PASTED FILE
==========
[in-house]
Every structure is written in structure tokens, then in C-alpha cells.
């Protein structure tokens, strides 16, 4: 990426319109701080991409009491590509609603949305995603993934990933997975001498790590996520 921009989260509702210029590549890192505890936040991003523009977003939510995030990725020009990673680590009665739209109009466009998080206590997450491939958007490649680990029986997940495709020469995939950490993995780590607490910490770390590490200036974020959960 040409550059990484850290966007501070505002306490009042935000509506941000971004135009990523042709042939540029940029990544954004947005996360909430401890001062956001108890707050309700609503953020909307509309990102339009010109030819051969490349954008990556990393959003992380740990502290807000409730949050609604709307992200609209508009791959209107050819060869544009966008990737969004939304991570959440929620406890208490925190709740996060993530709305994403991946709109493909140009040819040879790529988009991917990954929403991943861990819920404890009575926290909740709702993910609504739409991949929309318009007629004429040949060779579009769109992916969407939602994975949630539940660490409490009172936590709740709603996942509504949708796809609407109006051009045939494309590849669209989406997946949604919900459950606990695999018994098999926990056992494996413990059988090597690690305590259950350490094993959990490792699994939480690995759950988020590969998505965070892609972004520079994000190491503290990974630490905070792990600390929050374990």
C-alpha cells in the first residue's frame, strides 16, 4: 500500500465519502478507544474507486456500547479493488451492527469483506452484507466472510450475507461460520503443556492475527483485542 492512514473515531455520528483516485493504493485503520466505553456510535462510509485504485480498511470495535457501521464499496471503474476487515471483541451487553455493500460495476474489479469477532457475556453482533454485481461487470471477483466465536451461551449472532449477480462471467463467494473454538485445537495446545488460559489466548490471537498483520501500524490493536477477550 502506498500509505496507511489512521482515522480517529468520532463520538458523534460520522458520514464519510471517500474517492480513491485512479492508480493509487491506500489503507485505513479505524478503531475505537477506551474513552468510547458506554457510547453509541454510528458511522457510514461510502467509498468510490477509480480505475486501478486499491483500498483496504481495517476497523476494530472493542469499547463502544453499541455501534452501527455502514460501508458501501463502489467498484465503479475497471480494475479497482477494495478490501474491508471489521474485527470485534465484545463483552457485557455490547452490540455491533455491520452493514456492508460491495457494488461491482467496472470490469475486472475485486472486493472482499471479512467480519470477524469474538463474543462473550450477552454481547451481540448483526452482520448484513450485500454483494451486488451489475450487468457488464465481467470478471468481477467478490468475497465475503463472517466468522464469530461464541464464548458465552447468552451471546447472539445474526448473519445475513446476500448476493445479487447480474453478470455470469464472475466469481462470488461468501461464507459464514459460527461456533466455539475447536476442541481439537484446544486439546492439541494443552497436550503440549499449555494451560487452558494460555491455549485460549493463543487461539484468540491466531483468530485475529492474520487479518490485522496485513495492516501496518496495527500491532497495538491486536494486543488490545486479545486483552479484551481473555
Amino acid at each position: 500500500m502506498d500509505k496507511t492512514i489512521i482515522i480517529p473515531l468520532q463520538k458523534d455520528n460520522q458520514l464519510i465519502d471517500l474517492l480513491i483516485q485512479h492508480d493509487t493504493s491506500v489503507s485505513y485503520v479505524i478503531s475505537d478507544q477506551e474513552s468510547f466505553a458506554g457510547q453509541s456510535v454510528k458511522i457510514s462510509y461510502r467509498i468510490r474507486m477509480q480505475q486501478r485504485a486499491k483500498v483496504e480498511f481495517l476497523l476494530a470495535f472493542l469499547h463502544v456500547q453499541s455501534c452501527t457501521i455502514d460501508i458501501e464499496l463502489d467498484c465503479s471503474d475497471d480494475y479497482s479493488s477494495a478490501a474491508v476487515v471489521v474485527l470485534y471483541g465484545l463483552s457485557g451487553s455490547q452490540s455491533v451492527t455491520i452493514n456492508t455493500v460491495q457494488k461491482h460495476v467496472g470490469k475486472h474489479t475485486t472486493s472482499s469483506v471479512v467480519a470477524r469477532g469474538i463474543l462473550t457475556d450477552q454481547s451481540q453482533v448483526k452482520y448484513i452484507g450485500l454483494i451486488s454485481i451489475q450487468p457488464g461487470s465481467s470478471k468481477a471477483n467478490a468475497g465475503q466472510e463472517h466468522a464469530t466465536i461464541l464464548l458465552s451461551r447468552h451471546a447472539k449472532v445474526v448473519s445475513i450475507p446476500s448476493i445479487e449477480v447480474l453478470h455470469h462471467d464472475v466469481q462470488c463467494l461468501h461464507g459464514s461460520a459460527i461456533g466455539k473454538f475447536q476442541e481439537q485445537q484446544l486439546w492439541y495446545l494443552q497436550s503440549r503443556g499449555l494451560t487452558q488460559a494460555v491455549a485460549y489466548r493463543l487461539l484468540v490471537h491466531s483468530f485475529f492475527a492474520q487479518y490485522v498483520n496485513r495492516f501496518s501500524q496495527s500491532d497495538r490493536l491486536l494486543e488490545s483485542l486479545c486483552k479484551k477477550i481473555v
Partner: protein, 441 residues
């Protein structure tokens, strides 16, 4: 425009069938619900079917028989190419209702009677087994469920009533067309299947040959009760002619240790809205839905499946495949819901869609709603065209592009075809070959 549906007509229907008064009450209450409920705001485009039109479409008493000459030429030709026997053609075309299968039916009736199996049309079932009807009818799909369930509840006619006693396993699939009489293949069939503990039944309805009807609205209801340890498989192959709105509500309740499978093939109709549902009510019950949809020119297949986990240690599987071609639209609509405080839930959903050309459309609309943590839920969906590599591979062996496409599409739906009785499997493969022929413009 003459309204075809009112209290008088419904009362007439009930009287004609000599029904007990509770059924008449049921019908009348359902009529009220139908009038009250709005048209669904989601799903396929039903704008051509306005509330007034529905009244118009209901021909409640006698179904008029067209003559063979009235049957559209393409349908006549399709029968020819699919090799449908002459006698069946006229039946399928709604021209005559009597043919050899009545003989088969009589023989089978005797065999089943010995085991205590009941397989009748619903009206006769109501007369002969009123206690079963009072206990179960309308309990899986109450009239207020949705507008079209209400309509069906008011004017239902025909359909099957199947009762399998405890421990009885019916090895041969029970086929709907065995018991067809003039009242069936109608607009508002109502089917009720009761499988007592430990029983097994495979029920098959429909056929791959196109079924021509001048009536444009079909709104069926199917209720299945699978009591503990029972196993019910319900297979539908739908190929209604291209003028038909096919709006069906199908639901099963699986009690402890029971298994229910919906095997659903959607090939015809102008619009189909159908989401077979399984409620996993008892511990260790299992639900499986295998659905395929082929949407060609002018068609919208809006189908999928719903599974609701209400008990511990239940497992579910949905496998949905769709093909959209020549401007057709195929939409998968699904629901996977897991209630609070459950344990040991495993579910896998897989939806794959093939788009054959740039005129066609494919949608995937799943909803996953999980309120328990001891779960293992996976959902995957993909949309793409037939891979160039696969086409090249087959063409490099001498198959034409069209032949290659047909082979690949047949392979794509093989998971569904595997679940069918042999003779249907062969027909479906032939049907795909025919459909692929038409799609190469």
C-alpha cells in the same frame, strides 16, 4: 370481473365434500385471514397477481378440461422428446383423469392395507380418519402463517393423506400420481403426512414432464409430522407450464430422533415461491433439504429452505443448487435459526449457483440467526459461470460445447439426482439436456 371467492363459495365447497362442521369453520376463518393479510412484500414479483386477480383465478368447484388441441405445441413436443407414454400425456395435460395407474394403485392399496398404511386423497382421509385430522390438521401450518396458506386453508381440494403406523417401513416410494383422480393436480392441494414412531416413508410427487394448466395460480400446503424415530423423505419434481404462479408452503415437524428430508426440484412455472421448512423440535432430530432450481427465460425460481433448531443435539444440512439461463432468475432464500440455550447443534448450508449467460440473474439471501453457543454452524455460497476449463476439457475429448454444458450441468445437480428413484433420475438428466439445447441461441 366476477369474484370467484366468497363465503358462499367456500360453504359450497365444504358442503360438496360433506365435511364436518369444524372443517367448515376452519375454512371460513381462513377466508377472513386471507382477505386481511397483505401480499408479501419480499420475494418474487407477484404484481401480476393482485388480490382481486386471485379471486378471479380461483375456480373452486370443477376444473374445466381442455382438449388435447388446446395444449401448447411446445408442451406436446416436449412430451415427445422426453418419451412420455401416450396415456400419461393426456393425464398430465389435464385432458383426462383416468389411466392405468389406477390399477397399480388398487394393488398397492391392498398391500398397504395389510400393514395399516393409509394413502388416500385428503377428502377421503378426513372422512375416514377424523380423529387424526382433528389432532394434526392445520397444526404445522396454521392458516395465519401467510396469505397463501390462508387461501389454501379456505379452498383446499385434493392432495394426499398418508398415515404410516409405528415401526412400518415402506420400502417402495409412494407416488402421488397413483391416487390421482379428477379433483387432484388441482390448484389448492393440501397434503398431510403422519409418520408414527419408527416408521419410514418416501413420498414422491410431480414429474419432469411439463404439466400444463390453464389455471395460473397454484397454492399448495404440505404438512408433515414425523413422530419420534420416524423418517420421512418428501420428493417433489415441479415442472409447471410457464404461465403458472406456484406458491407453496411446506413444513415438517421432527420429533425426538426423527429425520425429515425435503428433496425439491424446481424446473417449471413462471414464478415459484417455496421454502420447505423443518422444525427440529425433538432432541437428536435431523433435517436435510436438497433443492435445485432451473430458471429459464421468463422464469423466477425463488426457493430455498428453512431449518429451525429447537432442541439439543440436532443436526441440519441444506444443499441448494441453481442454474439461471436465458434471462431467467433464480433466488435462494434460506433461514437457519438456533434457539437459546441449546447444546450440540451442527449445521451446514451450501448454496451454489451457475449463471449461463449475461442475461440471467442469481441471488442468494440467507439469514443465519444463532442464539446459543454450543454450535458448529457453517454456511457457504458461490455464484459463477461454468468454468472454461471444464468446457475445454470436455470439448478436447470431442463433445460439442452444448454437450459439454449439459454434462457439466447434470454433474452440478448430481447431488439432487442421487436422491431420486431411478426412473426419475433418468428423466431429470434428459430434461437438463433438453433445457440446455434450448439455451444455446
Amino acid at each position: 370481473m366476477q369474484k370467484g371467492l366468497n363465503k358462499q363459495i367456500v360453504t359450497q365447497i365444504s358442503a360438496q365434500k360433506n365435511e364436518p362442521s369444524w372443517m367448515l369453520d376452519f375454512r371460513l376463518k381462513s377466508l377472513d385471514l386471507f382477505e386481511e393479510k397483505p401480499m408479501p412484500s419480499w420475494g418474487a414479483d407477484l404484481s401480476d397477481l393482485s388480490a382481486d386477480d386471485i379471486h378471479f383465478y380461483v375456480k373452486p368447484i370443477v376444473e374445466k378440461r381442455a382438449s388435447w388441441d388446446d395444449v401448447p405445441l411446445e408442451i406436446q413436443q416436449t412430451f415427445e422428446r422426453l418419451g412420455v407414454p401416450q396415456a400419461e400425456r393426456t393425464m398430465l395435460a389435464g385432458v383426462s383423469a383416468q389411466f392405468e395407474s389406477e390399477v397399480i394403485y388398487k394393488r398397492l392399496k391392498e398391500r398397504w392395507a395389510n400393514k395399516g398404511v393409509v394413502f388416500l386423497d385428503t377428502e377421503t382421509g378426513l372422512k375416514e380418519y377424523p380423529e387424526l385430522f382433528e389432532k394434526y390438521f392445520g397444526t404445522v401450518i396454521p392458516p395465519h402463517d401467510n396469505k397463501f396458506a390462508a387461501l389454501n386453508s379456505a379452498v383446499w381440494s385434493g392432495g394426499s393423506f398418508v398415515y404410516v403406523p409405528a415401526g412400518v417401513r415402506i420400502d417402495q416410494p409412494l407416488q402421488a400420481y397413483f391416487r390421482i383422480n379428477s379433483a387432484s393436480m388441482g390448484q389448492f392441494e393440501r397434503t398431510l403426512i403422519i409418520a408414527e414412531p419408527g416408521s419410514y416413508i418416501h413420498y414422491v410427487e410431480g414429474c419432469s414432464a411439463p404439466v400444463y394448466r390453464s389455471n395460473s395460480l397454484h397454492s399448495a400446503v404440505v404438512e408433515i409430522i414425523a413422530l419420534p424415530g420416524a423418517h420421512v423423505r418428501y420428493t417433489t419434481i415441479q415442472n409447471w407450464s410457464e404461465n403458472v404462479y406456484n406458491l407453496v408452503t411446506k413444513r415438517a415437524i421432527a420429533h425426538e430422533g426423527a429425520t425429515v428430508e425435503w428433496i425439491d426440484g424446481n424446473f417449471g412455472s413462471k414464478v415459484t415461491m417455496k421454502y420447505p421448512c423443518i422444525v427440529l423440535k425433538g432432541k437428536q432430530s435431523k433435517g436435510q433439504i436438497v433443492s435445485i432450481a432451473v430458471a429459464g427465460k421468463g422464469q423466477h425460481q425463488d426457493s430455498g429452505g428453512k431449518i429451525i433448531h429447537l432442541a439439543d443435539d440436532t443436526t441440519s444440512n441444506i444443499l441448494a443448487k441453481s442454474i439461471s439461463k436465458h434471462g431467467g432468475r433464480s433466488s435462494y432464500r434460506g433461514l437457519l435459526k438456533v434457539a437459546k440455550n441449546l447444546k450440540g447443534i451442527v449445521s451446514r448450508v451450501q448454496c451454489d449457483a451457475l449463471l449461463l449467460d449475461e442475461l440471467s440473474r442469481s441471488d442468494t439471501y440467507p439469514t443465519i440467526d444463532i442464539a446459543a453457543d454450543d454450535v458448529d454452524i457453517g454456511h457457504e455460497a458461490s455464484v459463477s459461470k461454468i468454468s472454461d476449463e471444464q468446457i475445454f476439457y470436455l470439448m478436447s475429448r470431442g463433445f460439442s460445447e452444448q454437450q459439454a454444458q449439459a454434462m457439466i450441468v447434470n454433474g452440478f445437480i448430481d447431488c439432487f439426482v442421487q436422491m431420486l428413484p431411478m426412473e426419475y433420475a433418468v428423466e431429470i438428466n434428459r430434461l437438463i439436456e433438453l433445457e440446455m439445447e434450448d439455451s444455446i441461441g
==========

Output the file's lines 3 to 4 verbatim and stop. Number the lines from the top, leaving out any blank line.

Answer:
């Protein structure tokens, strides 16, 4: 990426319109701080991409009491590509609603949305995603993934990933997975001498790590996520 921009989260509702210029590549890192505890936040991003523009977003939510995030990725020009990673680590009665739209109009466009998080206590997450491939958007490649680990029986997940495709020469995939950490993995780590607490910490770390590490200036974020959960 040409550059990484850290966007501070505002306490009042935000509506941000971004135009990523042709042939540029940029990544954004947005996360909430401890001062956001108890707050309700609503953020909307509309990102339009010109030819051969490349954008990556990393959003992380740990502290807000409730949050609604709307992200609209508009791959209107050819060869544009966008990737969004939304991570959440929620406890208490925190709740996060993530709305994403991946709109493909140009040819040879790529988009991917990954929403991943861990819920404890009575926290909740709702993910609504739409991949929309318009007629004429040949060779579009769109992916969407939602994975949630539940660490409490009172936590709740709603996942509504949708796809609407109006051009045939494309590849669209989406997946949604919900459950606990695999018994098999926990056992494996413990059988090597690690305590259950350490094993959990490792699994939480690995759950988020590969998505965070892609972004520079994000190491503290990974630490905070792990600390929050374990």
C-alpha cells in the first residue's frame, strides 16, 4: 500500500465519502478507544474507486456500547479493488451492527469483506452484507466472510450475507461460520503443556492475527483485542 492512514473515531455520528483516485493504493485503520466505553456510535462510509485504485480498511470495535457501521464499496471503474476487515471483541451487553455493500460495476474489479469477532457475556453482533454485481461487470471477483466465536451461551449472532449477480462471467463467494473454538485445537495446545488460559489466548490471537498483520501500524490493536477477550 502506498500509505496507511489512521482515522480517529468520532463520538458523534460520522458520514464519510471517500474517492480513491485512479492508480493509487491506500489503507485505513479505524478503531475505537477506551474513552468510547458506554457510547453509541454510528458511522457510514461510502467509498468510490477509480480505475486501478486499491483500498483496504481495517476497523476494530472493542469499547463502544453499541455501534452501527455502514460501508458501501463502489467498484465503479475497471480494475479497482477494495478490501474491508471489521474485527470485534465484545463483552457485557455490547452490540455491533455491520452493514456492508460491495457494488461491482467496472470490469475486472475485486472486493472482499471479512467480519470477524469474538463474543462473550450477552454481547451481540448483526452482520448484513450485500454483494451486488451489475450487468457488464465481467470478471468481477467478490468475497465475503463472517466468522464469530461464541464464548458465552447468552451471546447472539445474526448473519445475513446476500448476493445479487447480474453478470455470469464472475466469481462470488461468501461464507459464514459460527461456533466455539475447536476442541481439537484446544486439546492439541494443552497436550503440549499449555494451560487452558494460555491455549485460549493463543487461539484468540491466531483468530485475529492474520487479518490485522496485513495492516501496518496495527500491532497495538491486536494486543488490545486479545486483552479484551481473555